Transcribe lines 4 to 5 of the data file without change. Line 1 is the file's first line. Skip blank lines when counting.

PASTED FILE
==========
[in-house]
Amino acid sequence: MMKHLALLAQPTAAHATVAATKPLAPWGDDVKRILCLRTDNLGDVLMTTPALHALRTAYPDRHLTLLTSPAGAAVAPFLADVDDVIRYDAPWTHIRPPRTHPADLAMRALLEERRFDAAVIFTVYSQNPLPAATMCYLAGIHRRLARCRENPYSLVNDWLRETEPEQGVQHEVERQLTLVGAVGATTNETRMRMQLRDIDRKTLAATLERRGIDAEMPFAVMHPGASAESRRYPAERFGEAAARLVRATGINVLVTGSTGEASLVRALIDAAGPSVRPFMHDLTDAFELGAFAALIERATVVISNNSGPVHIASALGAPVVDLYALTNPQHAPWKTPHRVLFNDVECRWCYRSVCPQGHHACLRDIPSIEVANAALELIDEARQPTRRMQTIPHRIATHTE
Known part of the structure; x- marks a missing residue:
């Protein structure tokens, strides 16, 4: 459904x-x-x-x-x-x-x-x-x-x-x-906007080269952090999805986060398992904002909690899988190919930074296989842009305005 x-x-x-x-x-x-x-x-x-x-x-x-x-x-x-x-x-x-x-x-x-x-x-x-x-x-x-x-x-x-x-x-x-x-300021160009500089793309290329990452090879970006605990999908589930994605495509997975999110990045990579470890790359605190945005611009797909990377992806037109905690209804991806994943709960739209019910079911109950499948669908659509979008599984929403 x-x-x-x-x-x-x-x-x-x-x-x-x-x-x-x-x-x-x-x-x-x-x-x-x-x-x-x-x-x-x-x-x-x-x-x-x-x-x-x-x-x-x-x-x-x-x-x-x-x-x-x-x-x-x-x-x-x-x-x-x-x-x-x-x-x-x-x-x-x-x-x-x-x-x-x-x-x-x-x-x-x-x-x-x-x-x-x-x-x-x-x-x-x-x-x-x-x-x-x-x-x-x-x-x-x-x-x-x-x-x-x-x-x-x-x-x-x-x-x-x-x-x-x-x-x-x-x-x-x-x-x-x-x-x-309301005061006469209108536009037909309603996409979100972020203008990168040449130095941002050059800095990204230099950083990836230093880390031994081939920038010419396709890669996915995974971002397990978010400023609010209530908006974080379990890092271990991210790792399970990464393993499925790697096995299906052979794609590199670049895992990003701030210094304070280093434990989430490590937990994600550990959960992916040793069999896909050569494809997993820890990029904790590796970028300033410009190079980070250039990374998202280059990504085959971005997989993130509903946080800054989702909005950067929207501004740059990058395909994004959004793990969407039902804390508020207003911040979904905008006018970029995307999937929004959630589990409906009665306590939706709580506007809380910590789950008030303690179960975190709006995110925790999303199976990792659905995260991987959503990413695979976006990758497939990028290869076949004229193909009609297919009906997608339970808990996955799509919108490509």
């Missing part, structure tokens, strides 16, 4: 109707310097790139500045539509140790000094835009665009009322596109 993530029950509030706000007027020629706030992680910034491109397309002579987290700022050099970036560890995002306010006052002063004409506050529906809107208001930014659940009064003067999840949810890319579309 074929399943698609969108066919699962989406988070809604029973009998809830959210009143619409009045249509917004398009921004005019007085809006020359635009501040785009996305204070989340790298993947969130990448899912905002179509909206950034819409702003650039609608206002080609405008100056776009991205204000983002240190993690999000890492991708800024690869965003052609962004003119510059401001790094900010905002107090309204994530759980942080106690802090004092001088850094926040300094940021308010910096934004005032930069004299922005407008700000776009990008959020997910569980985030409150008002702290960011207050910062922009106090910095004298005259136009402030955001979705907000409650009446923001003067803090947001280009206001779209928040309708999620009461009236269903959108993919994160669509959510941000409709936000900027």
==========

């Protein structure tokens, strides 16, 4: 459904x-x-x-x-x-x-x-x-x-x-x-906007080269952090999805986060398992904002909690899988190919930074296989842009305005 x-x-x-x-x-x-x-x-x-x-x-x-x-x-x-x-x-x-x-x-x-x-x-x-x-x-x-x-x-x-x-x-x-x-300021160009500089793309290329990452090879970006605990999908589930994605495509997975999110990045990579470890790359605190945005611009797909990377992806037109905690209804991806994943709960739209019910079911109950499948669908659509979008599984929403 x-x-x-x-x-x-x-x-x-x-x-x-x-x-x-x-x-x-x-x-x-x-x-x-x-x-x-x-x-x-x-x-x-x-x-x-x-x-x-x-x-x-x-x-x-x-x-x-x-x-x-x-x-x-x-x-x-x-x-x-x-x-x-x-x-x-x-x-x-x-x-x-x-x-x-x-x-x-x-x-x-x-x-x-x-x-x-x-x-x-x-x-x-x-x-x-x-x-x-x-x-x-x-x-x-x-x-x-x-x-x-x-x-x-x-x-x-x-x-x-x-x-x-x-x-x-x-x-x-x-x-x-x-x-x-309301005061006469209108536009037909309603996409979100972020203008990168040449130095941002050059800095990204230099950083990836230093880390031994081939920038010419396709890669996915995974971002397990978010400023609010209530908006974080379990890092271990991210790792399970990464393993499925790697096995299906052979794609590199670049895992990003701030210094304070280093434990989430490590937990994600550990959960992916040793069999896909050569494809997993820890990029904790590796970028300033410009190079980070250039990374998202280059990504085959971005997989993130509903946080800054989702909005950067929207501004740059990058395909994004959004793990969407039902804390508020207003911040979904905008006018970029995307999937929004959630589990409906009665306590939706709580506007809380910590789950008030303690179960975190709006995110925790999303199976990792659905995260991987959503990413695979976006990758497939990028290869076949004229193909009609297919009906997608339970808990996955799509919108490509």
């Missing part, structure tokens, strides 16, 4: 109707310097790139500045539509140790000094835009665009009322596109 993530029950509030706000007027020629706030992680910034491109397309002579987290700022050099970036560890995002306010006052002063004409506050529906809107208001930014659940009064003067999840949810890319579309 074929399943698609969108066919699962989406988070809604029973009998809830959210009143619409009045249509917004398009921004005019007085809006020359635009501040785009996305204070989340790298993947969130990448899912905002179509909206950034819409702003650039609608206002080609405008100056776009991205204000983002240190993690999000890492991708800024690869965003052609962004003119510059401001790094900010905002107090309204994530759980942080106690802090004092001088850094926040300094940021308010910096934004005032930069004299922005407008700000776009990008959020997910569980985030409150008002702290960011207050910062922009106090910095004298005259136009402030955001979705907000409650009446923001003067803090947001280009206001779209928040309708999620009461009236269903959108993919994160669509959510941000409709936000900027």